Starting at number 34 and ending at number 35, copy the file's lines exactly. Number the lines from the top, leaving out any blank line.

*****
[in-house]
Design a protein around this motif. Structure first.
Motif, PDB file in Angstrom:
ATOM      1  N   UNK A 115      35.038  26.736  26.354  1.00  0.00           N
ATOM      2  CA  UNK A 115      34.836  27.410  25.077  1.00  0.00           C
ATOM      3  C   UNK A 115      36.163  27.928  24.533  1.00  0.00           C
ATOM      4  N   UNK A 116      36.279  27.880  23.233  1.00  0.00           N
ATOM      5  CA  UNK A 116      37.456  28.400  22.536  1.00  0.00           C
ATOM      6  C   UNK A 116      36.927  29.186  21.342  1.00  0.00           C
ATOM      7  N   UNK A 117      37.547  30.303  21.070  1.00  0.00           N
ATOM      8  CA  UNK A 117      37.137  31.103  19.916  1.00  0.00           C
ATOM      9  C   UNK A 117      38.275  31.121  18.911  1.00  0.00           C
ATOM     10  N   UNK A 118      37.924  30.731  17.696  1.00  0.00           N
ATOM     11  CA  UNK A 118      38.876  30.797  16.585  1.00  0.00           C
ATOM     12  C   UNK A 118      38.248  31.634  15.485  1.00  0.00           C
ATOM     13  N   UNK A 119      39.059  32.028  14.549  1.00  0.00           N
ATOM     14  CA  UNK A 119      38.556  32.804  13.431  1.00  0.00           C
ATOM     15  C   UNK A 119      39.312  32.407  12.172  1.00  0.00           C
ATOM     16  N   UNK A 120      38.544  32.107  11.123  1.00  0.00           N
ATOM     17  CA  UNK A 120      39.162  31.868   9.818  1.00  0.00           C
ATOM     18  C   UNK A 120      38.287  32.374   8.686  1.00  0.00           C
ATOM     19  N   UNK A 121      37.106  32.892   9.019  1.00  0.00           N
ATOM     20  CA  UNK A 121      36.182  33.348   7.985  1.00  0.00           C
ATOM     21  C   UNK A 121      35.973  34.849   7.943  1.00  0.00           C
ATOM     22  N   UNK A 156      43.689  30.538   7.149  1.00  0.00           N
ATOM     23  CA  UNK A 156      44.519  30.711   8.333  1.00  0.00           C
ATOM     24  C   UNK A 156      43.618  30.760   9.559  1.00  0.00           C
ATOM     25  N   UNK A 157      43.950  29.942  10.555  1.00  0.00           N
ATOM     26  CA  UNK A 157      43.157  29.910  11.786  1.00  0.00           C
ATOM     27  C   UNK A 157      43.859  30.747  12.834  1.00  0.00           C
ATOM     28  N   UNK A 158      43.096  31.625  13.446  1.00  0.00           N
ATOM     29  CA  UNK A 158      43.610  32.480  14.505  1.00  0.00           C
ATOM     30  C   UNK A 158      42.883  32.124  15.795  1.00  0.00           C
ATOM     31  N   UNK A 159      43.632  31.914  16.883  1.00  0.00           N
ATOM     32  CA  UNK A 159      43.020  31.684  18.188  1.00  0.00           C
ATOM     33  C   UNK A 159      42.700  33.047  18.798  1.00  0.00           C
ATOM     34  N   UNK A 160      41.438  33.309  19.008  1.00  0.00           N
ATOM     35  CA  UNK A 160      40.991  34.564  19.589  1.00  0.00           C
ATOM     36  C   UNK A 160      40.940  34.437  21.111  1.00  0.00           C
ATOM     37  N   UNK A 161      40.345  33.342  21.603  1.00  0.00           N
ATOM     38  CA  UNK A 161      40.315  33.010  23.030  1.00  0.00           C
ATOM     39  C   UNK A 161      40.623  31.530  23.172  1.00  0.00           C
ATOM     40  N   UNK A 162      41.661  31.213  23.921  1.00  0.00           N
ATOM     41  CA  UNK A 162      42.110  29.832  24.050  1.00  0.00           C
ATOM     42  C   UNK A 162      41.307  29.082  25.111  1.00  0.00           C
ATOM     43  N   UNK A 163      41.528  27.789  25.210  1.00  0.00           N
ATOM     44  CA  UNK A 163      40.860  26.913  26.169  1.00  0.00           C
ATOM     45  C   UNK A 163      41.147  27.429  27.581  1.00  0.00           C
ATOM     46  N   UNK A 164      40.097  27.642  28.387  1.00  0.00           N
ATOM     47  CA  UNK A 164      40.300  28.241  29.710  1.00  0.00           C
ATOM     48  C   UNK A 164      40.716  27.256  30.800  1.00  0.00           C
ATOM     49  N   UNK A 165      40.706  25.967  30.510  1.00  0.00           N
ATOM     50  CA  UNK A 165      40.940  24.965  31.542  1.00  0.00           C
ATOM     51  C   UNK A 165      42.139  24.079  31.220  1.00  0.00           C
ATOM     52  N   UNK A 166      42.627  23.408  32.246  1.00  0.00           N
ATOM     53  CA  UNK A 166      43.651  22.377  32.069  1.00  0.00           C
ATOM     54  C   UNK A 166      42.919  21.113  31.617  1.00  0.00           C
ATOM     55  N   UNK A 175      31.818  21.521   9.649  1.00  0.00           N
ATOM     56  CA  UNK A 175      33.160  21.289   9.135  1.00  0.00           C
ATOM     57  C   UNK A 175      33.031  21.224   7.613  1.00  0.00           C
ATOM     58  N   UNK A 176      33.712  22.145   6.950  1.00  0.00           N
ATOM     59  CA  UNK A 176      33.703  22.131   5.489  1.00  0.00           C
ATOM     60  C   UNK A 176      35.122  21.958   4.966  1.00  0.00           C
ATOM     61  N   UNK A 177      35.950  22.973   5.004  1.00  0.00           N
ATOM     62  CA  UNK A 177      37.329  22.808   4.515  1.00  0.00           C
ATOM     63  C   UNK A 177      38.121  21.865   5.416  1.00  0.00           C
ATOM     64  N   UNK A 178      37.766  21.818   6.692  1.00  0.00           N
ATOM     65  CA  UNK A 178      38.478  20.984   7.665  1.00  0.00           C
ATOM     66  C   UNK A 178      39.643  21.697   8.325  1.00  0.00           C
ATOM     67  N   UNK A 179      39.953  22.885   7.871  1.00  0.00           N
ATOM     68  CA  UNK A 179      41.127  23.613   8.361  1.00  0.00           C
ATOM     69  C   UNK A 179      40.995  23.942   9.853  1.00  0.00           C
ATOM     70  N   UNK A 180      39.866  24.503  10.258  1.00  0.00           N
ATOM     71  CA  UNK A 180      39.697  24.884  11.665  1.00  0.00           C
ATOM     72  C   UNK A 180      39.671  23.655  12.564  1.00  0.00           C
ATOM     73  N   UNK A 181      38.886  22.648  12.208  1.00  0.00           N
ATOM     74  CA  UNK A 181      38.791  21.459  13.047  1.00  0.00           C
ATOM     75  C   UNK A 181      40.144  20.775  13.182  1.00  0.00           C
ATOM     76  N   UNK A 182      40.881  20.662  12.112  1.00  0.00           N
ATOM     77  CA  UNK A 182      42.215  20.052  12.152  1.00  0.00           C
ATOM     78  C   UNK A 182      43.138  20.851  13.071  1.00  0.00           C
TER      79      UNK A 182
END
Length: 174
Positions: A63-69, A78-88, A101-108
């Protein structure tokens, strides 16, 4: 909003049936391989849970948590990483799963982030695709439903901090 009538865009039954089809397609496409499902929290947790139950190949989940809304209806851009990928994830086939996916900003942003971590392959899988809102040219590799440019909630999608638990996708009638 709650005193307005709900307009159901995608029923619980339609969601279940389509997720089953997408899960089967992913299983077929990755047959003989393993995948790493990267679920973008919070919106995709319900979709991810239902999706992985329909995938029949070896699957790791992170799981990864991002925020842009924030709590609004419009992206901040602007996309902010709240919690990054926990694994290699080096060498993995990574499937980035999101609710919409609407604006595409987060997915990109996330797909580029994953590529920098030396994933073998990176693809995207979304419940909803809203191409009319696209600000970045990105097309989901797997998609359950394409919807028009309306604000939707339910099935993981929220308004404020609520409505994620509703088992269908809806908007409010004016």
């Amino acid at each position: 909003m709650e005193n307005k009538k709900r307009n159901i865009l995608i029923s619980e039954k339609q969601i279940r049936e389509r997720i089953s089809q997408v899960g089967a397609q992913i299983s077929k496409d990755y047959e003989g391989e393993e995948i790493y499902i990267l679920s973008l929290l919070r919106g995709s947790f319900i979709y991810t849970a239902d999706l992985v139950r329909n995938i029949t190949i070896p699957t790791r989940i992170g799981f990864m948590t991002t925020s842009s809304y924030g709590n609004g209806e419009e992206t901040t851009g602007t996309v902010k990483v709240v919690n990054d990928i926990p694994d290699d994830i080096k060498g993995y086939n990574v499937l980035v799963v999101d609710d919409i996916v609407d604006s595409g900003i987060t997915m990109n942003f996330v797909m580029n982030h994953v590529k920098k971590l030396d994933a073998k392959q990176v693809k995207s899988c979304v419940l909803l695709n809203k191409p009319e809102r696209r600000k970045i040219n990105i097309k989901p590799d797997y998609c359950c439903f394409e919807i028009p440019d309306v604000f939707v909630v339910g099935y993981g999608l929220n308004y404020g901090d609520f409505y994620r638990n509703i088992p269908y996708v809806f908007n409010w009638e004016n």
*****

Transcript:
ATOM     31  N   UNK A 159      43.632  31.914  16.883  1.00  0.00           N
ATOM     32  CA  UNK A 159      43.020  31.684  18.188  1.00  0.00           C